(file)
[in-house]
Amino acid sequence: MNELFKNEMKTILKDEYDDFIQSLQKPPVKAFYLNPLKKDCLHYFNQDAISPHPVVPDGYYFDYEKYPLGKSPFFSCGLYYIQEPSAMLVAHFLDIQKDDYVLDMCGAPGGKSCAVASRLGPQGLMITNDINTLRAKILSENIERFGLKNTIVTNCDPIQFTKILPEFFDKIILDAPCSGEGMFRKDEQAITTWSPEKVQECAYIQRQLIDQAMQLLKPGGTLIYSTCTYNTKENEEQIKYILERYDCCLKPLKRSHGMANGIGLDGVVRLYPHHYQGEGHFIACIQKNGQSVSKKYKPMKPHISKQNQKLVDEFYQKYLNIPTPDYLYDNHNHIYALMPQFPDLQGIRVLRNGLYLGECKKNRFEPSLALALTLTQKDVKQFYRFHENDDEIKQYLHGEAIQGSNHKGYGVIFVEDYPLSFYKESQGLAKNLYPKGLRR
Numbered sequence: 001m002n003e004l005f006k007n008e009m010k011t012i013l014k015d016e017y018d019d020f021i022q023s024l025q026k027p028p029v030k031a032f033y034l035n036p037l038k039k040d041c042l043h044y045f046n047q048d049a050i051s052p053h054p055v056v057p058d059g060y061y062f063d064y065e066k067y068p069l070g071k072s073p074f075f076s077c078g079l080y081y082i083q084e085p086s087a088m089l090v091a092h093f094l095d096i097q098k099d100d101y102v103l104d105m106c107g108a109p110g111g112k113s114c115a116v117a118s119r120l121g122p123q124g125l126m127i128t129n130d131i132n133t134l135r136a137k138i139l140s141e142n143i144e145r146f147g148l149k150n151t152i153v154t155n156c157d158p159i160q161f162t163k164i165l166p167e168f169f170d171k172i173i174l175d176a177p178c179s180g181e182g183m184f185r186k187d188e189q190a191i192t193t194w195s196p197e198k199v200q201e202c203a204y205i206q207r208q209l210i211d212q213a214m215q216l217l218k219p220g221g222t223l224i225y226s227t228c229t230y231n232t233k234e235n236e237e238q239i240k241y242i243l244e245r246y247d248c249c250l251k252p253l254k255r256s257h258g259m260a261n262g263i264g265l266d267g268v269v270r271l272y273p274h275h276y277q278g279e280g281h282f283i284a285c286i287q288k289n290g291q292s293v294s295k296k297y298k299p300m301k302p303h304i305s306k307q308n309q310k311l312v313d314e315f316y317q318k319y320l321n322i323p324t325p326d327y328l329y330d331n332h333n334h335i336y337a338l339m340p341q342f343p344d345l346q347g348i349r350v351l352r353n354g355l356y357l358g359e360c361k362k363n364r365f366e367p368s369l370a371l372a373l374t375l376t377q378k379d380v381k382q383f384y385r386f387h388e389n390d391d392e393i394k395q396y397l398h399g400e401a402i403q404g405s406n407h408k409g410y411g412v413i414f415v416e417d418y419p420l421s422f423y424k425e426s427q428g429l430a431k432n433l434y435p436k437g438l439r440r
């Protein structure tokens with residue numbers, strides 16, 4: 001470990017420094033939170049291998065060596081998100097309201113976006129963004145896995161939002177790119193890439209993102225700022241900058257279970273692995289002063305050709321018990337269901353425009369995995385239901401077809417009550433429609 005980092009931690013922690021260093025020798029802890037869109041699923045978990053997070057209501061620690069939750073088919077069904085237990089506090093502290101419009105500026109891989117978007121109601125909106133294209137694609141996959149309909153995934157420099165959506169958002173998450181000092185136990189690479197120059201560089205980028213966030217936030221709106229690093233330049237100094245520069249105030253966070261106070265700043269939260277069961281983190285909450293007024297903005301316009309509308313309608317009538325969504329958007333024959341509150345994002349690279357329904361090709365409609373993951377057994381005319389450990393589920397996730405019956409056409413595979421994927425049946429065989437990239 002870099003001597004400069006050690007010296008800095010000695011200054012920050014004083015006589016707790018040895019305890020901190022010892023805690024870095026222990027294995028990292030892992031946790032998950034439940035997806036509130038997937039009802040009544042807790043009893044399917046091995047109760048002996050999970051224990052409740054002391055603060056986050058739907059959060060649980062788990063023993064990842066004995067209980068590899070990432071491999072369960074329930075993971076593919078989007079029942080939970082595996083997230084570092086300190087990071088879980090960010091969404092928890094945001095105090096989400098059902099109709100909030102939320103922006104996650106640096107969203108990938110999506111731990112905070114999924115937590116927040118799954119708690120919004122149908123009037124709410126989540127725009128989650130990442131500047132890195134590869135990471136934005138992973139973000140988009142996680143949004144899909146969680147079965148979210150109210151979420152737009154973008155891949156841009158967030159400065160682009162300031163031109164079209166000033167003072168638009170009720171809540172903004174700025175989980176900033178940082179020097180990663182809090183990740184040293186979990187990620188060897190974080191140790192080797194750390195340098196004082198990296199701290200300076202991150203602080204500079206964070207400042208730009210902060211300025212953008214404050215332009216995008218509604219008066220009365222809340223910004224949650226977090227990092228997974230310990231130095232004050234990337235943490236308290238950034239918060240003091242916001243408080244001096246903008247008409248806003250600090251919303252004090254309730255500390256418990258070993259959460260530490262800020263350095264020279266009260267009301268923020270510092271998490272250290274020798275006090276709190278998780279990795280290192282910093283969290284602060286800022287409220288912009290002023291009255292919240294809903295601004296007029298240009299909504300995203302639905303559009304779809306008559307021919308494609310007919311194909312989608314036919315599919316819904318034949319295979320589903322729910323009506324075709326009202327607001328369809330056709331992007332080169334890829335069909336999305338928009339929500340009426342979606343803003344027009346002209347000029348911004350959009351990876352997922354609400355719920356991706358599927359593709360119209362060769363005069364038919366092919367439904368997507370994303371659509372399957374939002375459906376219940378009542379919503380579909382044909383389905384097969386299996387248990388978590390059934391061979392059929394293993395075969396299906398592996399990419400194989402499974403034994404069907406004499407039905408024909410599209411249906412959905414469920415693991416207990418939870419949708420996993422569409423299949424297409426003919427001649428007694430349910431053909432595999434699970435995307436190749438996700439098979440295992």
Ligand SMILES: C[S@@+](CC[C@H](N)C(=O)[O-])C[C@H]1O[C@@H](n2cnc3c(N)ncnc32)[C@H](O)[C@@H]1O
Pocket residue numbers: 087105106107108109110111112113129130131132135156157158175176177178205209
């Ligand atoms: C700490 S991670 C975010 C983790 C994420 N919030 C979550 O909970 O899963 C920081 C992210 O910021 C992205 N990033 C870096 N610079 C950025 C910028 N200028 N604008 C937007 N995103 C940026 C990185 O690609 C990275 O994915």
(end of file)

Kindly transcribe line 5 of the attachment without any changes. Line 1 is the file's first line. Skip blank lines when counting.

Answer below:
Ligand SMILES: C[S@@+](CC[C@H](N)C(=O)[O-])C[C@H]1O[C@@H](n2cnc3c(N)ncnc32)[C@H](O)[C@@H]1O